Oddsmakers favor Colts' experience

Updated: January 24, 2010, 11:50 PM ET
Associated Press

LAS VEGAS -- Peyton Manning and the Indianapolis Colts opened as a four-point favorite to beat the New Orleans Saints in the Super Bowl.

Oddsmaker Sean Van Patten of Las Vegas Sports Consultants said the firm gave that line after watching New Orleans struggle to beat the Minnesota Vikings in the NFC Championship Game Sunday night. Las Vegas Sports Consultants provides betting lines for roughly 90 percent of sports books in Nevada.

"The big factor here is that Indy has been there," Van Patten said. "The experience factor is such a huge thing when it comes to the Super Bowl."

Manning and the Colts won the Super Bowl in 2007 over the Chicago Bears.

Patten said oddsmakers like that Indianapolis has succeeded against two top NFL defenses in consecutive games. The top-seeded Colts beat the New York Jets 30-17 Sunday in the AFC championship.

Indianapolis was a 4½-point favorite in the Glantz-Culver line, with the over-under at 55½ points.

Sports books gave Indianapolis 8-1 odds to win the Super Bowl at the start of the season, compared with 18-1 for New Orleans.

"I think the Saints are very fortunate to be in there," said Jay Kornegay, executive director of the race and sports book at the Las Vegas Hilton. "To get five turnovers at home and having to go to overtime to win it, I don't think they were playing that well."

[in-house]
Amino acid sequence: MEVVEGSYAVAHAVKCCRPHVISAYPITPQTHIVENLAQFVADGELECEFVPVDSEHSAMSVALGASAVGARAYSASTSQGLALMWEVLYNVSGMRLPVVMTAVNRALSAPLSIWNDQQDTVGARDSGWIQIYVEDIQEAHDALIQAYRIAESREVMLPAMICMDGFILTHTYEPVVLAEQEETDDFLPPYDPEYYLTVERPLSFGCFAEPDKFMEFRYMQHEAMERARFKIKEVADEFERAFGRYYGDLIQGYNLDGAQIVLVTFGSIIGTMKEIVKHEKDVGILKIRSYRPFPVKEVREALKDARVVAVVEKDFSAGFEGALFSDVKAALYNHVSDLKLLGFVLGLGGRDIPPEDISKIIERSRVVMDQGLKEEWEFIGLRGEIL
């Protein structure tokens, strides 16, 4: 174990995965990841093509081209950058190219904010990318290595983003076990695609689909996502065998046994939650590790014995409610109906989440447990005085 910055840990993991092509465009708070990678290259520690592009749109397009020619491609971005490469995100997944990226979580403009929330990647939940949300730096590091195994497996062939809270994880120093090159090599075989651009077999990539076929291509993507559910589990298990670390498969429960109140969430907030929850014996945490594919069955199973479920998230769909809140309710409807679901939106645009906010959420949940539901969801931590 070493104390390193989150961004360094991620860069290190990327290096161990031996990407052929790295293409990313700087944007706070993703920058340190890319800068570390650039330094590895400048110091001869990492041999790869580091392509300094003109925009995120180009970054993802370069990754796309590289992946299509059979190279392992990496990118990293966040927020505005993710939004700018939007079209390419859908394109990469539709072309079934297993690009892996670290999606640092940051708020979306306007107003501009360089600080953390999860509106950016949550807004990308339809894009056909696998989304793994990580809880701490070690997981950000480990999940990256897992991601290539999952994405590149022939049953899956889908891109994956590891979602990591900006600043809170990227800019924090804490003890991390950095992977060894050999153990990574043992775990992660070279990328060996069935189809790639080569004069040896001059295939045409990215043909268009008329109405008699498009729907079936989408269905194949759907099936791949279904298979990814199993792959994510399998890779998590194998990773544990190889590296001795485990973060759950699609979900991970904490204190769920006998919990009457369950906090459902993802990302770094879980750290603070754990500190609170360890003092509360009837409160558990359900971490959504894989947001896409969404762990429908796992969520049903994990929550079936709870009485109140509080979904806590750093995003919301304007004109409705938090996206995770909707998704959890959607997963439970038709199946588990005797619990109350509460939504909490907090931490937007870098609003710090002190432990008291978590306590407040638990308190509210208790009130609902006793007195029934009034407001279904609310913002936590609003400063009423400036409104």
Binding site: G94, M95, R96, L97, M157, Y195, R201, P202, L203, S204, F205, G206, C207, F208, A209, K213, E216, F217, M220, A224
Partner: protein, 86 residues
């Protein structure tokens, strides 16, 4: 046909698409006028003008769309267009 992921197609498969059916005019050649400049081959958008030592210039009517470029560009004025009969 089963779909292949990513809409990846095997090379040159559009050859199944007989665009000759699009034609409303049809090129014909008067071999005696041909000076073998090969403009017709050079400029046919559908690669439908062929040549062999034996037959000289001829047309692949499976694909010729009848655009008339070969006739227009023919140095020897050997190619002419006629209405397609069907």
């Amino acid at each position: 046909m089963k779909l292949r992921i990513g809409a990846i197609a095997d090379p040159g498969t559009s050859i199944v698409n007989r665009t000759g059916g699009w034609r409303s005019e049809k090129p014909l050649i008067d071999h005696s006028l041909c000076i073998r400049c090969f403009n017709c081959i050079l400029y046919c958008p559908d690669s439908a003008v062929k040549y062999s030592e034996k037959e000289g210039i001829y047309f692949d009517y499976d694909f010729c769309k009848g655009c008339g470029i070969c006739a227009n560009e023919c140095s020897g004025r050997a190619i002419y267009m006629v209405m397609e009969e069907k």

New Orleans outlasted Minnesota 31-28 in overtime, even though the Vikings gained 218 more yards and had nearly twice as many first downs as the Saints.

Jay Rood, race and sports book director for casino operator MGM Mirage, said bettors began favoring Indianapolis soon after New Orleans won and the odds were posted.

Rood said that was because the Colts have been consistent all year, while Saints bettors who lost Sunday because New Orleans didn't cover the spread didn't want to take the team again so soon.

"They don't usually come right back on the team that just burned them on a bet," Rood said.


Copyright 2010 by The Associated Press

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